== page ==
Novel means first to better characterize and then to treat infection with major respiratory pathogens using existing or newly developed strategies are a primary focus of this important project within the Clinical Research Section. Beginning with the emergence of the pandemic strain of A(H1N1)pdm09 influenza in April 2009, our section undertook clinical research efforts to help better characterize and treat infection with both novel and seasonal subtypes of influenza. A treatment trial involving open-label administration of two units of hyperimmune plasma to hospitalized patients with severe influenza was launched domestically with the goal of enrolling and studying up to 100 patients on a multicenter basis. In this trial, 98 patients were randomized to receive either hyperimmune plasma plus standard-of-care treatments (investigational arm) or standard-of-care therapy alone (control arm). 67% of plasma participants normalized their respiratory status by Day 28, as compared to 53% of control patients (p=0.069). Overall, while falling short of statistical significance, investigational arm participants had fewer days in the hospital, in the ICU, on mechanical ventilation, and had improved disposition at Day 7. Based upon these highly suggestive trends, the CRS then designed and helped launch a follow-up multicenter trial of hyperimmune plasma in hospitalized patients that is currently recruiting. In this latest trial, enrolled patients with severe influenza A infection are being randomized in a double-blind manner to receive either high-titer (hyperimmune) plasma or a low-titer (control) plasma in addition to standard-of-care treatments. As a separate trial through the INSIGHT clinical trials network we have also helped design and implement an international multi-center randomized, double-blind study of hyperimmune IVIG plus standard-of-care versus standard-of-care alone in hospitalized patients with severe influenza. This ongoing clinical outcome trial was preceded by successful completion of a multi-center pilot trial in 31 patients through domestic US sites within the INSIGHT network that showed that administration of IVIG to hospitalized patients or outpatients was safe, significantly boosted HAI titers against the infecting influenza A subtypes, and could be conducted at clinical sites while maintaining the blind. We have also been conducting two randomized multicenter trials internationally evaluating 1) the virologic and clinical correlation of triple combination anti-influenza treatment versus monotherapy in at-risk populations, and 2) the use of virologic assessments in measuring the effects of oseltamivir versus placebo in mild outpatient disease. The section has also recently completed a safety and pharmacokinetic study in normal volunteers of a novel antisense compound, AVI-7100, that has strong in vitro activity against influenza. Administration of AVI-7100 appears to be both safe and well tolerated. We also continue to provide scientific and logistical support to the Mexico infectious diseases network La Red, a multi-site collaboration with the Mexico Ministry of Health. One of the most recent initiative through La Red has been an ongoing study of the licensed antiparasitic drug nitazoxanide as a potential antiviral medication in patients presenting with influenza-like illness. In addition to the ongoing interventional trials mentioned above, we have also continued to contribute to the management and oversight of three large international observational protocols for outpatients or hospitalized patients with seasonal influenza infection administered under the auspices of the INSIGHT clinical trials network. In the realm of biodefense-related initiatives, we continue to 1) monitor yearly the clinical and psychological status of a subset of patients previously exposed to anthrax as a result of the October 2001 anthrax attacks, and 2) continue to enroll patients on a protocol designed to permit diagnosis and characterization of patients presenting with unusual, previously undiagnosed infectious or inflammatory conditions. The Special Clinical Studies Unit (SCSU) was one of three special high containment patient care units within the US called upon to hospitalize and provide care to medically-evacuated HCWs exposed to or infected with Ebola virus in 2014-15. Two HCWs with needlestick exposures to Ebola virus in Sierra Leone that were treated with experimental VSVG-ZEBOV vaccine administration en route back to the United States, and two HCWs with documented Ebola virus infection, were treated in the SCSU over the course of the West African outbreak. In concert with WRAIR, we successfully completed a phase 1 randomized, double-blind dose-escalating safety and immunogenicity trial of (VSVG-ZEBOV) vaccine in a prime-boost strategy in late 2014 and early 2015. This study established the safety parameters of the experimental vaccine as well as provided comparative immunogenicity data on the three different dosing levels tested. In Fall 2016 NIAID also launched a pre-exposure vaccination protocol called PREPARE utilizing VSVG-ZEBOV vaccine to immunize HCWs, BSL-4 Laboratory staff, and other at-risk personnel against Ebola virus infection. The protocol features randomization to a homologous booster immunization at month 18 to determine whether the booster further augments antibody levels induced by the primary immunization. The section authored and implemented the only multicenter randomized controlled safety and efficacy study of putative MCMs in the treatment of patients with confirmed Ebola infection during the current crisis. The first investigational countermeasure to be studied in this ongoing was a triple monoclonal antibody product called ZMappTM. Although the goal was to enroll a total of 200 patients, the trial was terminated in early January 2016 due to the extinction of new cases of Ebola in the affected countries. By that time a total of 71 evaluable patients had been enrolled at sites in Liberia, Sierra Leone, Guinea, and the United States. Within this cohort there were a total of 21 deaths, for an overall case fatality rate of 29.6%: 13/35 (37.1%) in the oSOC alone arm versus 8/36 (22.2%) in the ZMappTM-containing arm. The observed posterior probability that ZMappTM plus oSOC was superior to oSOC alone was 91.2%, falling short of the predefined threshold of 97.5% required to establish efficacy, but these data suggested at least the possibility of a potential beneficial effect of ZMappTM had it been possible to complete full accrual. Finally, in order to develop a potential MCM against Middle East Respiratory Syndrome (MERS) virus, in summer 2016 we launched a phase 1, randomized double-blind, placebo-controlled, single ascending dose safety, tolerability, and pharmacokinetics study of a novel product called SAB-301 consisting of human polyclonal IgG raised in transchromosomic cattle immunized with the causative agent of MERS.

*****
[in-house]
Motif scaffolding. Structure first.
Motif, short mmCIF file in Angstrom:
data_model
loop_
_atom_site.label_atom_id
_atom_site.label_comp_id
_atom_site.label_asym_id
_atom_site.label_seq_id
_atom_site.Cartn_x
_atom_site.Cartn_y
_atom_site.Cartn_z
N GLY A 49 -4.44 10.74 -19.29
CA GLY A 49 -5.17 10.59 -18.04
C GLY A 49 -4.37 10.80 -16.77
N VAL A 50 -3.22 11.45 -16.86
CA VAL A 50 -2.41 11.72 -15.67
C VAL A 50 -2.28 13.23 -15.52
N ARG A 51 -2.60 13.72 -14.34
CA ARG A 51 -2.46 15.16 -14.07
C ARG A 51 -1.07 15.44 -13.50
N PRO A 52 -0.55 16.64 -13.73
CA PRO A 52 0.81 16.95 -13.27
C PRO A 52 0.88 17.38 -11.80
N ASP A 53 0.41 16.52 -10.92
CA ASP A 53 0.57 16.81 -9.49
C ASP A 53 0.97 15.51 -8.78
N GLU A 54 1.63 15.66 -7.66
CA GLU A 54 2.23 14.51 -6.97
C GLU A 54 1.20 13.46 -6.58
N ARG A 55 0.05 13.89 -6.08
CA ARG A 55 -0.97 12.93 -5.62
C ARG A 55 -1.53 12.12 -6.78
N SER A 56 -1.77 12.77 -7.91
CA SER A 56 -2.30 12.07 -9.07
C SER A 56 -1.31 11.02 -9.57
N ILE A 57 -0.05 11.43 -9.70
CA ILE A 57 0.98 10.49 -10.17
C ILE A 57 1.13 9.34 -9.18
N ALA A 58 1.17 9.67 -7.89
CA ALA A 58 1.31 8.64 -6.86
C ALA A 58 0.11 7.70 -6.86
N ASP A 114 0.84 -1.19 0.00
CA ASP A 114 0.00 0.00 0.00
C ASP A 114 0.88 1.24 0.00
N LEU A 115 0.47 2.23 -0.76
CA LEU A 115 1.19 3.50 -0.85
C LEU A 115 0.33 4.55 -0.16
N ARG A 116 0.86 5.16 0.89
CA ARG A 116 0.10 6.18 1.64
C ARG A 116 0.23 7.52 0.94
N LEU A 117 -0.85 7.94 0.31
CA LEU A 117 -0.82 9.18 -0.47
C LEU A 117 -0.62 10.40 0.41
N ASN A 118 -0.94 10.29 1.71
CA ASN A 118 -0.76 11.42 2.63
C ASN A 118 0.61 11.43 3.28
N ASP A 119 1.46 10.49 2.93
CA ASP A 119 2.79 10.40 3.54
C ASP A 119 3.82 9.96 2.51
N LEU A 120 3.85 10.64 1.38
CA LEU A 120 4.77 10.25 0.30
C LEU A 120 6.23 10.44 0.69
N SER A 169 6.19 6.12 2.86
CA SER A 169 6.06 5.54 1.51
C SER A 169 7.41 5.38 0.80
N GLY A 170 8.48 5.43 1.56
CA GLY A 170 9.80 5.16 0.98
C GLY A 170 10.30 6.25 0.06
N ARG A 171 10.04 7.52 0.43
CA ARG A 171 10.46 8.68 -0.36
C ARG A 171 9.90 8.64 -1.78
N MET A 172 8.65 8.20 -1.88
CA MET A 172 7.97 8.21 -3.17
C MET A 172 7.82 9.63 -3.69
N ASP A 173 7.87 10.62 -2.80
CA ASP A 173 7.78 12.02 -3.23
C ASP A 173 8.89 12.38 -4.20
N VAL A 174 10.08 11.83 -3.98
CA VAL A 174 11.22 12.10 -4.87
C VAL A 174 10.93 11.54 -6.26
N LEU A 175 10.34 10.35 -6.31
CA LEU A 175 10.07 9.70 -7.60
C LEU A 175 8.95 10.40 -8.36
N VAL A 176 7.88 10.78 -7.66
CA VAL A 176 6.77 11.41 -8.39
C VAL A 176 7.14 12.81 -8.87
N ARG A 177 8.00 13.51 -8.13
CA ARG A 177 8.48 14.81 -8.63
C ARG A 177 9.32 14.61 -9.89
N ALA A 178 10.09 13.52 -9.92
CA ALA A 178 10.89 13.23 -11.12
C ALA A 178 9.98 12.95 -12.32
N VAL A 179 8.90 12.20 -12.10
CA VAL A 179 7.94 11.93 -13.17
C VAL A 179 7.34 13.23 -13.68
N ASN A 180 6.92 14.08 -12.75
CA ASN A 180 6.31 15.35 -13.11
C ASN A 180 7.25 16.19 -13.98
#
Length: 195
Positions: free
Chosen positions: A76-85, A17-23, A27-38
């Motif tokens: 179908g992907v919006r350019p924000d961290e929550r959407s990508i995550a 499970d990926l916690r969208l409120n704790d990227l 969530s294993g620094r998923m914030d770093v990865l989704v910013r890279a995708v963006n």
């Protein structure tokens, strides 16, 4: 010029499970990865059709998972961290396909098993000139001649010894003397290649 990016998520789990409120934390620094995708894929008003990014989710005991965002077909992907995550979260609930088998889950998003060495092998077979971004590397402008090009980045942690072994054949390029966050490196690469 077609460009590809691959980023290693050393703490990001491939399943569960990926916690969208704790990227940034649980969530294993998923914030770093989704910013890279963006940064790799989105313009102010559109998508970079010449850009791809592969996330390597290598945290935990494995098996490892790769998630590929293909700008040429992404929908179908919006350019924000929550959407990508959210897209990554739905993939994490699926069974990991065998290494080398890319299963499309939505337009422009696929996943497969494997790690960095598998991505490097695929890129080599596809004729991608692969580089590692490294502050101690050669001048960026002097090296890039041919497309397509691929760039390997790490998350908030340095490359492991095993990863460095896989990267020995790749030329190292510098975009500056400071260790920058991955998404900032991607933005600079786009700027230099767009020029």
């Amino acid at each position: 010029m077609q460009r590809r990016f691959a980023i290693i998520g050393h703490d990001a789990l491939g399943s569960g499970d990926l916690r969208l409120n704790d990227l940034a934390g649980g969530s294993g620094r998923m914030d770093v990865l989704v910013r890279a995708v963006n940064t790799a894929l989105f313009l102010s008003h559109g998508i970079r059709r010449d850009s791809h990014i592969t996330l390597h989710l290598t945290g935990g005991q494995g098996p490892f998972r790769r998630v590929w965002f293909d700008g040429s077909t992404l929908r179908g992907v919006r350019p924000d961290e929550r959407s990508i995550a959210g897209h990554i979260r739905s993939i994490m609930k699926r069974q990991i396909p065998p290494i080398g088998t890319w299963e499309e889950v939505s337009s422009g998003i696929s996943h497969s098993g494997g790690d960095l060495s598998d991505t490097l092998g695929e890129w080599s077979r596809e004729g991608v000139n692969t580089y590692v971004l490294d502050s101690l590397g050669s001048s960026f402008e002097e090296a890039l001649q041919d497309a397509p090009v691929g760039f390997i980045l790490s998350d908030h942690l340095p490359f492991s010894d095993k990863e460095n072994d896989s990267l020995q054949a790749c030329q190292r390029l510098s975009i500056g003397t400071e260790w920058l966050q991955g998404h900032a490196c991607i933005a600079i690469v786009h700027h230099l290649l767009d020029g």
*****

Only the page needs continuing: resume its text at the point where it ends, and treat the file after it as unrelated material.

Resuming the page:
Project Start
Project End
Budget Start
Budget End
Support Year
10
Fiscal Year
2016
Total Cost
Indirect Cost
Name
Niaid Extramural Activities
Department
Type
DUNS #
City
State
Country
Zip Code
Fischer 2nd, William A; Vetter, Pauline; Bausch, Daniel G et al. (2018) Ebola virus disease: an update on post-exposure prophylaxis. Lancet Infect Dis 18:e183-e192
Beigel, John H; Voell, Jocelyn; Muñoz, Paula et al. (2018) Safety, tolerability, and pharmacokinetics of radavirsen (AVI-7100), an antisense oligonucleotide targeting influenza a M1/M2 translation. Br J Clin Pharmacol 84:25-34
Pett, Sarah L; Kunisaki, Ken M; Wentworth, Deborah et al. (2018) Increased Indoleamine-2,3-Dioxygenase Activity Is Associated With Poor Clinical Outcome in Adults Hospitalized With Influenza in the INSIGHT FLU003Plus Study. Open Forum Infect Dis 5:ofx228
Simonsen, Lone; Higgs, Elizabeth; Taylor, Robert J et al. (2018) Using Clinical Research Networks to Assess Severity of an Emerging Influenza Pandemic. Clin Infect Dis 67:341-349
Davey Jr, Richard T; Dodd, Lori; Proschan, Michael et al. (2018) The Past Need Not Be Prologue: Recommendations for Testing and Positioning the Most-Promising Medical Countermeasures for the Next Outbreak of Ebola Virus Infection. J Infect Dis :
Beigel, John H; Voell, Jocelyn; Kumar, Parag et al. (2018) Safety and tolerability of a novel, polyclonal human anti-MERS coronavirus antibody produced from transchromosomic cattle: a phase 1 randomised, double-blind, single-dose-escalation study. Lancet Infect Dis 18:410-418
Davey Jr, Richard T; Nordwall, Jacquie; Proschan, Michael A et al. (2017) Trial of ZMapp for Ebola Virus Infection. N Engl J Med 376:700-701
Beigel, John H; Tebas, Pablo; Elie-Turenne, Marie-Carmelle et al. (2017) Immune plasma for the treatment of severe influenza: an open-label, multicentre, phase 2 randomised study. Lancet Respir Med 5:500-511
Barnes, Kayla G; Kindrachuk, Jason; Lin, Aaron E et al. (2017) Evidence of Ebola Virus Replication and High Concentration in Semen of a Patient During Recovery. Clin Infect Dis :
Kash, John C; Walters, Kathie-Anne; Kindrachuk, Jason et al. (2017) Longitudinal peripheral blood transcriptional analysis of a patient with severe Ebola virus disease. Sci Transl Med 9:

Showing the most recent 10 out of 45 publications